Say that title five times fast.
You may remember my little ode to beets from a few weeks back. Now, I’ve discovered gold beets. The photo above does not do them justice (I never claimed to be a photographer). Simply lovely are these delicate relatives of the more familiar red beet.
There is nothing terribly impressive about this Haphazard Recipe. I’ve been trying to buy fruits and veggies that are new to me, and work them into my cooking and eating habits. As the weather gets cooler and the evenings darker, no answer was easier for the gold beets than soup. Happily, I found a basic recipe that included the greens, and took it a little further with the addition of grains and carrots.
Ingredients: Continue reading
I had a bag of pearled barley sitting in my pantry for literally years. Unlike my interlude with quinoa, my decision to open that bag was influenced by a serious case of Mother Hubbard’s Cupboard.
The word “barley” always sounded like an herb to me, not a grain. When I bought the stuff, I was surprised to see that it looked like fat rice. I figured at some point I’d add it to soup, and that is exactly what I did.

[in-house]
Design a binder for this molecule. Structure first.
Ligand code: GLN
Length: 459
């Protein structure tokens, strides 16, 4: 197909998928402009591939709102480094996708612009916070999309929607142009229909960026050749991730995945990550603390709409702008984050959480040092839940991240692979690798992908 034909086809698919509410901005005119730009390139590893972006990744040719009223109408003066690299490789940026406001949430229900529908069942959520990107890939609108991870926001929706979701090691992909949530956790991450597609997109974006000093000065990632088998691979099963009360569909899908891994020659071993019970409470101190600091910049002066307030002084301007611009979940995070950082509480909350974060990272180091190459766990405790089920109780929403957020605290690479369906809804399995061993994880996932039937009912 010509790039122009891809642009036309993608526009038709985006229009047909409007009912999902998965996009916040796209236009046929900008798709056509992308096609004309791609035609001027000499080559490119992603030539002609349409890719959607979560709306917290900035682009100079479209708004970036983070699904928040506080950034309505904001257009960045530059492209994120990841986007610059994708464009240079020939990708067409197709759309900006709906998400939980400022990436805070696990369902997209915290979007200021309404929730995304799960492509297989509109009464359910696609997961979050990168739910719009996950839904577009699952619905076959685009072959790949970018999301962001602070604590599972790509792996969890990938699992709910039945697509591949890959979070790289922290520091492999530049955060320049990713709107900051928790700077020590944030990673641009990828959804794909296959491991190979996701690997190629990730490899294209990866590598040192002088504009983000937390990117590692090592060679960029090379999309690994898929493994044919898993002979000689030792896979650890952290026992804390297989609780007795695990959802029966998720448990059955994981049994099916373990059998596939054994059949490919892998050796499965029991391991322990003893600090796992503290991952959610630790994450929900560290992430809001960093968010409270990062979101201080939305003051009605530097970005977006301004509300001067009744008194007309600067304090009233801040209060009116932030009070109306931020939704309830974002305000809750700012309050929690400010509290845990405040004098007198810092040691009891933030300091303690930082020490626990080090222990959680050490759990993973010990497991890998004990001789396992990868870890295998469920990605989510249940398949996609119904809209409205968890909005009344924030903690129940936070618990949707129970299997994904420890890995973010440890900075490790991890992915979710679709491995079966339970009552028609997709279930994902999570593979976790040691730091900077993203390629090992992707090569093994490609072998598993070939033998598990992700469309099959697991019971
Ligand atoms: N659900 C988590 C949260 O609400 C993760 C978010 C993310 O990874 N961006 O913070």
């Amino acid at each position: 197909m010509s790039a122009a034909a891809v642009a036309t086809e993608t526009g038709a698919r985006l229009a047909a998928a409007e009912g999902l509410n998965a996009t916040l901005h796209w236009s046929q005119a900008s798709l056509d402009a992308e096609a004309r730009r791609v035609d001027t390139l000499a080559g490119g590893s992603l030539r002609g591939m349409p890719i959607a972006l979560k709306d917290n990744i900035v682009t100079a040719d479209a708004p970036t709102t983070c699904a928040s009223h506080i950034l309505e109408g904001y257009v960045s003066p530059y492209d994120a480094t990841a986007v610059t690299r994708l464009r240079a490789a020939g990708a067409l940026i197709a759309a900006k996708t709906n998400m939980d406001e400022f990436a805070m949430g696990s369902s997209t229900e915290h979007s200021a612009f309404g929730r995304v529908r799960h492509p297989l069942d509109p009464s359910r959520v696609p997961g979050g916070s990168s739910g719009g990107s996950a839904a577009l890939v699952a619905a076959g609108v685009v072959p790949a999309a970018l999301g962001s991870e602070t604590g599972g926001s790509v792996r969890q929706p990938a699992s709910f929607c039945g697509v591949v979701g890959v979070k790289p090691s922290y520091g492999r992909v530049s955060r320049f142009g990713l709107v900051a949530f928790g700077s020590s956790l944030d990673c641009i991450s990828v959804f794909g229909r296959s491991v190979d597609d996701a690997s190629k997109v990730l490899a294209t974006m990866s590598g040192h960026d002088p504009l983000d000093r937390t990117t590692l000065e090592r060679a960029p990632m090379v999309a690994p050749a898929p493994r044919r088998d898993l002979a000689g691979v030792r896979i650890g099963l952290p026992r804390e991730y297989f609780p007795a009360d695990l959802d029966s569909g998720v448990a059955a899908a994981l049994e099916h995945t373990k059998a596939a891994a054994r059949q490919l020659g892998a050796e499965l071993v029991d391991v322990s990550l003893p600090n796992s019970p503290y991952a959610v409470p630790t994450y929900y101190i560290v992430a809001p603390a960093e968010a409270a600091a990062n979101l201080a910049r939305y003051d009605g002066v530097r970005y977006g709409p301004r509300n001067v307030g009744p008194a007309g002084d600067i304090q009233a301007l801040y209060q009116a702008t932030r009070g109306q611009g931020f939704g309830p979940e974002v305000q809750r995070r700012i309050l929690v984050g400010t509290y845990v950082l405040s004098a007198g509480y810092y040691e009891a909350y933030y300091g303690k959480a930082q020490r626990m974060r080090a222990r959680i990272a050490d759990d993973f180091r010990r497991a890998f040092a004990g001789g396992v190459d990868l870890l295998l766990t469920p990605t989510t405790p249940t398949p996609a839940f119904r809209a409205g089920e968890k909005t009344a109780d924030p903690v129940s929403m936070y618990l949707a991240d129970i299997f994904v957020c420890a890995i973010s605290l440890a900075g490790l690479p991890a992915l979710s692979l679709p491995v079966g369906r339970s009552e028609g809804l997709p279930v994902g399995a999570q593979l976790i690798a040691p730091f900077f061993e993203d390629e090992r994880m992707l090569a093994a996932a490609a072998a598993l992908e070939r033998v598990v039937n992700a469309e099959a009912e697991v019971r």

My final soup product was incredibly hearty with black eyed peas, numerous veggies and the cooked barley.
Problem was, I’d made way more barley than I needed. It just sat in the fridge while the rest of my food supply continued to dwindle as we approached pay day.
I’ve finally tried my hand at cream based soups.
This happy event only came about because I’ve been on a bit of a pumpkin pie kick, and insist on making my own organic cinnamon whipped cream to go with it. The only thing to do with the leftover cream was my favorite fall food – soup.
The first time I made a basic corn chowder, which was good but not very original.
The second time I had items to use up, namely kale and prepared black beans. I decided to go with a Mexican (Tex-Mex?) feel, and ended up with a sort of vegetarian white chili. Can you say Haphazard Recipe?
Warning: When making soup I never measure; it’s all by feel. This is the basic recipe: